By the way, Jesus’ brothers, including the “least of these,” are not all the people who live in Israel. They are those who hear God’s Word and obey it, as Jesus said in Luke 8:21. (And that, incidentally, is just one more New Testament proof that those who are truly born again show their faith by their obedience.)
Many teachers claim that Christians will not be a part of the judgment of the sheep and the goats. Really? How do they know that? And who then are the sheep who inherit eternal life? They aren’t Christians? And God has a standard to which He holds the sheep that He doesn’t have for me and you? Finally, did Peter, James, Andrew and John, who all heard Jesus foretell the judgment of the sheep and goats, believe that there was no chance that they would ever stand at that judgment? Hmmm.
The Simple, Plain Truth
So how should we interpret Jesus’ words about the future judgment of the sheep and goats? We should believe that Jesus simply meant what He said.
There is coming a day when Jesus is going to say to every person one of two things, either, “I was hungry, and you gave Me something to eat” (Matt. 25:35) or, “I was hungry, and you gave Me nothing to eat” (Matt. 25:42). Either, “I was thirsty, and you gave Me something to drink” (Matt. 25:35) or, “I was thirsty, and you gave Me nothing to drink,” and so on.
The sheep—those who demonstrated their faith in the Lord Jesus Christ by their love and sacrifices for other suffering believers in whom Jesus lives—will inherit eternal life. The goats—those who demonstrated their unbelief in the Lord Jesus Christ by not caring about suffering believers in whom Jesus lives—will be cast into hell. It is just that simple.
Here’s an amazing thing: All of the sheep will be former goats who were saved by grace, as the only way goats can be saved is by grace! When those former goats believed in the Lord Jesus Christ, God’s grace transformed them into sheep. They became “new creations,” indwelled by His Spirit who birthed in them the fruit of the Spirit, the first of which is love (see Gal. 5:22-23).
Believing what Jesus said about the future judgment of the sheep and goats is what completely changed the direction of my ministry several decades ago. That is when my wife and I launched Heaven’s Family, to facilitate a way for people like many of us, who live in “Disney World,” to use our God-given resources to care for the “least of these” around the world. Over the past 20 years, Heaven’s Family has been entrusted with tens of millions of dollars that has been used to meet pressing needs and touch the “least of these” in 80 nations. And we’re just getting started.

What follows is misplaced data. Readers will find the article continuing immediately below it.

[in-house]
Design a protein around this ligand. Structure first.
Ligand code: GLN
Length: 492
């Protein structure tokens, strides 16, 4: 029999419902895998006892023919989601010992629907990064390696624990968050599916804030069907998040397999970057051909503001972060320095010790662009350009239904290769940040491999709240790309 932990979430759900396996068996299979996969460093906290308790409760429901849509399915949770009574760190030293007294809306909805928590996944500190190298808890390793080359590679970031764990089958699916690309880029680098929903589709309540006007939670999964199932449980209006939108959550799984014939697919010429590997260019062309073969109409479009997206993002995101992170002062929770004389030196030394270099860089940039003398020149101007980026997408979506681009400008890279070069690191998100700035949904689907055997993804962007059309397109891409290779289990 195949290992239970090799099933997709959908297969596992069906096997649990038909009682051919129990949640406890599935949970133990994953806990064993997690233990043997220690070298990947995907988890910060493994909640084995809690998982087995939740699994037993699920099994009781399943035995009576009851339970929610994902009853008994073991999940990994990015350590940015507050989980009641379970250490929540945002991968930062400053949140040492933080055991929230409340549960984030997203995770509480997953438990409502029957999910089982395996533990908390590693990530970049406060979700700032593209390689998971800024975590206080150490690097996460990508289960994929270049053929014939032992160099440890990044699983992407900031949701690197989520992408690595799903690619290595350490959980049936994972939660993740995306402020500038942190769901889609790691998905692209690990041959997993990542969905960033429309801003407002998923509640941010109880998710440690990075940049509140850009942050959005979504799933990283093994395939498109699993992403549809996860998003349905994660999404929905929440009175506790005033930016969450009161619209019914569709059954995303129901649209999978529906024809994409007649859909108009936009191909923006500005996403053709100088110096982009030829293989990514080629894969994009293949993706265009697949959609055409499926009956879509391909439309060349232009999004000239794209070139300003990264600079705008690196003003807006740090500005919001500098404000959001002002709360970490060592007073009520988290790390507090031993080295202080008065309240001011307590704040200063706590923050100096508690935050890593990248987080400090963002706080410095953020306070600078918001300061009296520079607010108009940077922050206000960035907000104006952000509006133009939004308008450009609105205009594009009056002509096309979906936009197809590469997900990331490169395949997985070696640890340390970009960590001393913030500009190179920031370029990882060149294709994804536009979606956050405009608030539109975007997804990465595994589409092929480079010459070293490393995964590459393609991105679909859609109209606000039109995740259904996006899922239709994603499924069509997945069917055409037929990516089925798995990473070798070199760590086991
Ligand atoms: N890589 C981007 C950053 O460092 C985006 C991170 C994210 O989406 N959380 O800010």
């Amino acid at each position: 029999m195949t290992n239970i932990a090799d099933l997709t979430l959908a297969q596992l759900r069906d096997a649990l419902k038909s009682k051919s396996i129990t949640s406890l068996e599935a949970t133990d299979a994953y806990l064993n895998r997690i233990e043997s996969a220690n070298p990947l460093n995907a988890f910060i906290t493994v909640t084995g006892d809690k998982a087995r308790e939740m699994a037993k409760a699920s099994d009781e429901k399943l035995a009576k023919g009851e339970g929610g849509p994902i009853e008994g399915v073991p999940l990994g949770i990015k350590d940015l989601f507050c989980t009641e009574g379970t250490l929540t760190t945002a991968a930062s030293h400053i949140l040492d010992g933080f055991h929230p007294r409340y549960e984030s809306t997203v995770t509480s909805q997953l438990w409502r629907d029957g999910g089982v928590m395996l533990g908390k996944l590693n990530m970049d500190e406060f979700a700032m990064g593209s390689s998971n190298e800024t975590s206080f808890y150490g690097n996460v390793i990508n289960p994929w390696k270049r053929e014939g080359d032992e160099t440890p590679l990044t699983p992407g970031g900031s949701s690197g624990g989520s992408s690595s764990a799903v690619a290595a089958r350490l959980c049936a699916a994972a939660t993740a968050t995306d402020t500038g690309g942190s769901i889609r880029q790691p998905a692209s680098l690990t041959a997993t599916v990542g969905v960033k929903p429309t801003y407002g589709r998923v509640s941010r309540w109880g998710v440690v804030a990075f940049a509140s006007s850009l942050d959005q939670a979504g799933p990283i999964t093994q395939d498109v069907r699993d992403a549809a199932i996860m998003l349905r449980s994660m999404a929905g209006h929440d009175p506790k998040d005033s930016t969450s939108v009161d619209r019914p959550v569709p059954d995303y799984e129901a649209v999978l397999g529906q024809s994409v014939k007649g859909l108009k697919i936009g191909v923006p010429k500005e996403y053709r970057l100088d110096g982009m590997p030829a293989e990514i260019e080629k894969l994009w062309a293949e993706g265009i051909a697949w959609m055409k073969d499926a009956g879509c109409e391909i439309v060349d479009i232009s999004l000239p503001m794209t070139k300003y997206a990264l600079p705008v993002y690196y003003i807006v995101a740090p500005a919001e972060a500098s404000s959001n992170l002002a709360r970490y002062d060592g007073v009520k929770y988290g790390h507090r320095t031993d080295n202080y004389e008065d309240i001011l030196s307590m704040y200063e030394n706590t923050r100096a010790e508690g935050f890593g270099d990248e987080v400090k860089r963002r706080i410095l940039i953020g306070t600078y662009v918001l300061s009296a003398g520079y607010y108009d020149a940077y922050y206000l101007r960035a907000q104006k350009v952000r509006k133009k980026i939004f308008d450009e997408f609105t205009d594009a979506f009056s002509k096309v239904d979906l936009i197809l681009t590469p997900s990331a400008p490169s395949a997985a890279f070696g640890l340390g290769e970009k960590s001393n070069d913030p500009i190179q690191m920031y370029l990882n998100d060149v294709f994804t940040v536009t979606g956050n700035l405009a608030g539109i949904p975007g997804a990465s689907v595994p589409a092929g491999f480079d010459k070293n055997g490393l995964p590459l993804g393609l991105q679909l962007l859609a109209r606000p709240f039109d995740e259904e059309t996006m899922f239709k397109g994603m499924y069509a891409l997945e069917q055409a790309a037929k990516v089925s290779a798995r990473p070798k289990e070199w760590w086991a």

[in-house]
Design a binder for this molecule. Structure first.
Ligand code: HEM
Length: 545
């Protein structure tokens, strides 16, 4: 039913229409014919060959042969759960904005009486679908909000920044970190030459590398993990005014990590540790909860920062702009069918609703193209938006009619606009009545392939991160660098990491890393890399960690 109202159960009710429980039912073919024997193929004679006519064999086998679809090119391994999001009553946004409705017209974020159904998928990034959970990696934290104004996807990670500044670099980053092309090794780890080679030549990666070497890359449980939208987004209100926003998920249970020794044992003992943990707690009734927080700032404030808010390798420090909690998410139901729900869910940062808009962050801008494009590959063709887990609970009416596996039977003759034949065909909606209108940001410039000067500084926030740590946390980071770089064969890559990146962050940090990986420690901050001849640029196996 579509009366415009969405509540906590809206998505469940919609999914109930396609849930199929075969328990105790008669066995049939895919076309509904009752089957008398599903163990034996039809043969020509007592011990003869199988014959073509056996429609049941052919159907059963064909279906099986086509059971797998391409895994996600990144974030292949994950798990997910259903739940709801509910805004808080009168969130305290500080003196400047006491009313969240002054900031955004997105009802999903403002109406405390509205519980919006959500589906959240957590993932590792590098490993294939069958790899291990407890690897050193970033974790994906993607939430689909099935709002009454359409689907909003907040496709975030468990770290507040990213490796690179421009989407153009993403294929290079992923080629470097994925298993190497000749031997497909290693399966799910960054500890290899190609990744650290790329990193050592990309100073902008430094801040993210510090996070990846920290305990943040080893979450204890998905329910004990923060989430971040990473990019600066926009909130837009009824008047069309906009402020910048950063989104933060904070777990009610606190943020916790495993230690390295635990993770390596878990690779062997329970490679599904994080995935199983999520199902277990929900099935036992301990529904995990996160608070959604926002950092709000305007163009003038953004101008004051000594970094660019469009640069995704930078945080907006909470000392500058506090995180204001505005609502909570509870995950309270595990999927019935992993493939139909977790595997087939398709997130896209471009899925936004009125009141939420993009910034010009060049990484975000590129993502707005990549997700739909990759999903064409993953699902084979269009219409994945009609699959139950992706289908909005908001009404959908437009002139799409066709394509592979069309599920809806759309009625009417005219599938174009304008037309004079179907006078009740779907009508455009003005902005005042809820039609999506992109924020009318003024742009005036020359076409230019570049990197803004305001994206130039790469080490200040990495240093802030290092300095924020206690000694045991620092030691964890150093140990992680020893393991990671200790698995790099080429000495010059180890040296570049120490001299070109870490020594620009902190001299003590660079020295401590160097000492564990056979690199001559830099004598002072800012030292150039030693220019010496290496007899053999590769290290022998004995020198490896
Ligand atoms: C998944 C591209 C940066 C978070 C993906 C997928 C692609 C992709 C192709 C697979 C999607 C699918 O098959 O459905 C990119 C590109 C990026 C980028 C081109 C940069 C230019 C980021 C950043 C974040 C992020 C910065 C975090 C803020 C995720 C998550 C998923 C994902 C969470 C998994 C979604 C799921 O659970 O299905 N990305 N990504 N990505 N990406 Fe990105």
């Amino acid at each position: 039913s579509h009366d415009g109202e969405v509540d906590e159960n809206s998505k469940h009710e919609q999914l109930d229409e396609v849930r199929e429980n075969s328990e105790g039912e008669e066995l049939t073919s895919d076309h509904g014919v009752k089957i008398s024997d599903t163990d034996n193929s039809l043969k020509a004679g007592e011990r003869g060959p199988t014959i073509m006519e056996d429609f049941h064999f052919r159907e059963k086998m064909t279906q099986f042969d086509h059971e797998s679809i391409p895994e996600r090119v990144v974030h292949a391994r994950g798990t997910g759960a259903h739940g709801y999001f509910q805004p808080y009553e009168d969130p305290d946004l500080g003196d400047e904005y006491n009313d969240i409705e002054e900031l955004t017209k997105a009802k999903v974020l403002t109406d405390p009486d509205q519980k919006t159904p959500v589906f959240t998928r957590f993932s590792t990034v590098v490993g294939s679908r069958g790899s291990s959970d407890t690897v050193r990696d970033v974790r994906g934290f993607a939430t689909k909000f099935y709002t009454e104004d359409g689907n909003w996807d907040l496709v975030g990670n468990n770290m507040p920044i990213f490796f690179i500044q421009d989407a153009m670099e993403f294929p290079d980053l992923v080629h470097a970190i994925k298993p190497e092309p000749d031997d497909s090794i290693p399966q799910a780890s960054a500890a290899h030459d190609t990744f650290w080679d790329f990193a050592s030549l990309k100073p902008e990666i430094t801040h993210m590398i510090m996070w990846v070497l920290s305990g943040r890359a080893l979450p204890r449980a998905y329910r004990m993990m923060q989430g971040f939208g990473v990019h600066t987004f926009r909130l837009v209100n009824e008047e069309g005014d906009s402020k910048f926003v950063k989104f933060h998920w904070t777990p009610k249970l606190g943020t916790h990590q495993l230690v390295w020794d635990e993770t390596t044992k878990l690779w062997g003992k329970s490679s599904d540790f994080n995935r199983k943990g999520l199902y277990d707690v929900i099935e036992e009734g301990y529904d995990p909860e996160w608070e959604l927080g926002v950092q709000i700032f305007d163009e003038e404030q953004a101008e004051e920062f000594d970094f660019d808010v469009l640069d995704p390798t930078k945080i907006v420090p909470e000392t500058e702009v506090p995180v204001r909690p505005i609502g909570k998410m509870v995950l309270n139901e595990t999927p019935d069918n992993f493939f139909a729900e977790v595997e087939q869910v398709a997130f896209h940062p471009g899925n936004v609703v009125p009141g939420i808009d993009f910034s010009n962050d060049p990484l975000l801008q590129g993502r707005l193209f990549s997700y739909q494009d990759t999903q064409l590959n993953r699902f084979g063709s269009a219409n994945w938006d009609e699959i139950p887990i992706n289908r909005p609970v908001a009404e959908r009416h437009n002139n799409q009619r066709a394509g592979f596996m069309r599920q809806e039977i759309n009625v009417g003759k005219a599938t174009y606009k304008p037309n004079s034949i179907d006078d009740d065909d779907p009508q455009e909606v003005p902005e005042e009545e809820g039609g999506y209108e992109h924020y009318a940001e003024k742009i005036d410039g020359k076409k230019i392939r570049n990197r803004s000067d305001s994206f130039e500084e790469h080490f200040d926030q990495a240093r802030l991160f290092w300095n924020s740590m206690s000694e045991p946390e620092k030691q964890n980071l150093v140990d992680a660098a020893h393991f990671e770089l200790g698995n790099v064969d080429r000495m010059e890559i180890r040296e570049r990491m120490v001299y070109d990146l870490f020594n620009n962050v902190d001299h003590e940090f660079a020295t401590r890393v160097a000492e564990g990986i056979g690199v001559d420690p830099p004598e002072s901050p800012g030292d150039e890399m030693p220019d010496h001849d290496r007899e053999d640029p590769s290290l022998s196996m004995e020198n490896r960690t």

In light of what Jesus said about the future judgment of the sheep and goats, there should be thousands of other organizations doing the same thing that Heaven’s Family is doing. It is so important, for both time and eternity!
But tragically, caring for the “least of these” is not on the spiritual radar of many professing believers (including even pastors), and I’m fearful that they are one day going to be just as shocked as the goats whom Jesus talked about, because they, too, are goats. If you read Matthew 25:31-46, you will notice that the goats assumed they were sheep. They called Jesus “Lord,” saying, “Lord, when did we see You hungry, or thirsty, or a stranger, or naked, or sick, or in prison, and did not take care of You?” (Matt. 25:44). Their implication was that, had they seen Jesus suffering in any of those conditions, they would have surely done something to offer some relief. But they were self-deceived. When someone ignores the suffering of those in whom Jesus lives, they ignore Jesus.
Here’s the question the Holy Spirit asked me 25 years ago, as a pastor, that radically altered the direction of my ministry: “If everyone in your church died today, and they stood at the judgment of the sheep and the goats, and they were judged by the same criteria that Jesus said would be used to judge the sheep and goats, how many would be sheep, and how many would be goats?” That is a good question for any and every pastor to ask himself, and a good question for any and every professing Christian to ask himself or herself. Unless Jesus was lying in Matthew 25:31-46, eternity depends on the answer to that question. — David